Stardate: June 11, 2014. Location: A high school track in Seattle where my track club meets up on Wednesday evenings. Situation: This workaholic runner wants to get her butt kicked by some long distance intervals. But her coaches have other ideas.
Enter the Quickie.
The “Quickie” isn’t a workout. It’s a mindset.
It’s what happens when you think you need to get in a long workout, or an intense workout, or a long intense workout, in order for it to “count,” in whatever cosmic report-card kind of way you track your workouts…and then you’re presented with an opportunity to do something, um, quicker.
Last night, my track coaches presented us with a workout that was super-short-feeling (even though we still spent an hour at the track). The intervals were very quick; the longest one was 300 meters, or 3/4 of the way around a standard-sized track. There were walking breaks, a set of 50-meter repeats, and just generally a very “quick” feel to the whole evening. My Garmin didn’t even break five miles for the whole shebang. And yet, I woke up this morning feeling strong and refreshed. My body knew I worked out yesterday.
A quickie might mean doing a 20-minute yoga DVD when you had your heart set on an hour-long class but couldn’t get to the gym that day. Or it might mean doing a shorter speed walk or jog in the park – maybe with some calisthenics mixed in every few minutes. You might huff and puff, but still doubt that the workout is valuable because you’re doing less work (you think) than you usually do. You might think that when it comes to working out, quantity equals quality.
Quantity does not necessarily equal quality when it comes to workouts.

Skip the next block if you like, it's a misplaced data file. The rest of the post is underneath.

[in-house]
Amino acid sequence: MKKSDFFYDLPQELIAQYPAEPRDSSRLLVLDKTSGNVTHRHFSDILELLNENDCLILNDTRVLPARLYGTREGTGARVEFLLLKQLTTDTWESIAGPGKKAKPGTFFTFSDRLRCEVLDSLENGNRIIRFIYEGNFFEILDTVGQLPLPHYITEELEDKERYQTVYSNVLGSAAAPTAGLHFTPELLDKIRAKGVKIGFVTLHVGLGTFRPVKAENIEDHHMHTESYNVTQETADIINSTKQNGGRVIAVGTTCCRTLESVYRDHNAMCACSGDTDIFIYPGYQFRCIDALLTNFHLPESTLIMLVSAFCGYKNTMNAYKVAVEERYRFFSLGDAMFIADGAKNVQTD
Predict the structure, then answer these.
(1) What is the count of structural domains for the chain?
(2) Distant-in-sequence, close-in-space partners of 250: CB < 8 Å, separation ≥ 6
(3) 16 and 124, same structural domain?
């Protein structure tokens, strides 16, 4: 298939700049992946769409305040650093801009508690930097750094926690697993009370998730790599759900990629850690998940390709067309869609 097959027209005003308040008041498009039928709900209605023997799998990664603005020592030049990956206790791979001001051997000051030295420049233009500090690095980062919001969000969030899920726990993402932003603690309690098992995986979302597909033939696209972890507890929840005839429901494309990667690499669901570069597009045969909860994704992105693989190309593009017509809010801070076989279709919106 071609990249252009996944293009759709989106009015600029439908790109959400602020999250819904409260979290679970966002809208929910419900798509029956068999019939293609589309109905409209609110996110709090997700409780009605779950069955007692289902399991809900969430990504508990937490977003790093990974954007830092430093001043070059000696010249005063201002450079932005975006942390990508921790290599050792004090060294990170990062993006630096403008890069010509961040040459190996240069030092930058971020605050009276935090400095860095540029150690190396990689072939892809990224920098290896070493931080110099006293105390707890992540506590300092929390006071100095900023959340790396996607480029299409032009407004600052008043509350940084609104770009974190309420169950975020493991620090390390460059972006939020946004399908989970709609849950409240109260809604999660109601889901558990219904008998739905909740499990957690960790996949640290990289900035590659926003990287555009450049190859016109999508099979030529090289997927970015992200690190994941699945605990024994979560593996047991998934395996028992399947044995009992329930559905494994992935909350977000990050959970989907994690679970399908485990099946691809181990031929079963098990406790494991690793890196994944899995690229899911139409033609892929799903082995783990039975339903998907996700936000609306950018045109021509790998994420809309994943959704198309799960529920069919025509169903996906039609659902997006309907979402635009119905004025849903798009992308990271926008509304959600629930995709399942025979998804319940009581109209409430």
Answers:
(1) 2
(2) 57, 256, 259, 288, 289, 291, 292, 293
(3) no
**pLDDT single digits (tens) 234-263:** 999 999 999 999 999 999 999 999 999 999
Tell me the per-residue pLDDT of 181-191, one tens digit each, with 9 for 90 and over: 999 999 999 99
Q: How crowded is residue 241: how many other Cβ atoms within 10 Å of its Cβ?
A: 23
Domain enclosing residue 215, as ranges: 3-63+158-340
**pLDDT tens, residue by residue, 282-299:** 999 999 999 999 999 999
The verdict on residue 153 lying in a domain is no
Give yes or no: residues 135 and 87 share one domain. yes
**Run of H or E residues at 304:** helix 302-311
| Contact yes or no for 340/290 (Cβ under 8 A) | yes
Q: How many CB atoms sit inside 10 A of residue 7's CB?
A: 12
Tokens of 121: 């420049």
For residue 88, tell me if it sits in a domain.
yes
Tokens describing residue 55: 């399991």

In running, we call the miles you do “just to get the mileage in” by a great, descriptive name. They’re called junk miles, because they don’t do anything for you other than allow you to check a box off that says “I ran today.” You might be fatigued, you might be fighting off a cold, but whatever the reason, when your body says “Don’t do that long workout right now,” listening to it is a really good thing to do.
And sometimes, you wind up doing a quickie not because you’re tired – but because a coach or a teacher decides to mix it up a bit and just do something different. Nothing wrong with that. The official concept is called muscle confusion – challenging muscles in different ways to stimulate them to grow and adapt to the new challenge. It’s a term normally associated with strength training, but I’ve experienced great gains in my overall health and my running speed by mixing up my running training exactly the way my coaches did last night.
But even more than the physical value of these workouts, I think there’s a brain thing going on too. For those of us who can get “set in our ways” about how we “should” work out, mixing in some workouts that seem easier, less intense, or slower can actually re-energize us and get us ready for the next longer, more intense workout.
That’s why I’m talking about quickies during Motivation Week. If your motivation is waning, just try something different – maybe even something a little easier than what you’re used to doing. I bet your next workout will feel just a little sharper, just a little better. You’ll feel more there. I’m already looking forward to my next run, because I feel strong – and well-rested, too.
Bottom line: I liked my quickie last night. Try one. You never know…you might like it too.
Yesterday’s #Every48 workout: A TRACK workout with my buds and coaches. About 1-1/2 miles of warmup, 1/2 mile of cooldown, and a whole lot of “quickie” repeats in between – everything from 50 meters to 300 meters. Slept well and woke up today energized and rarin’ to go!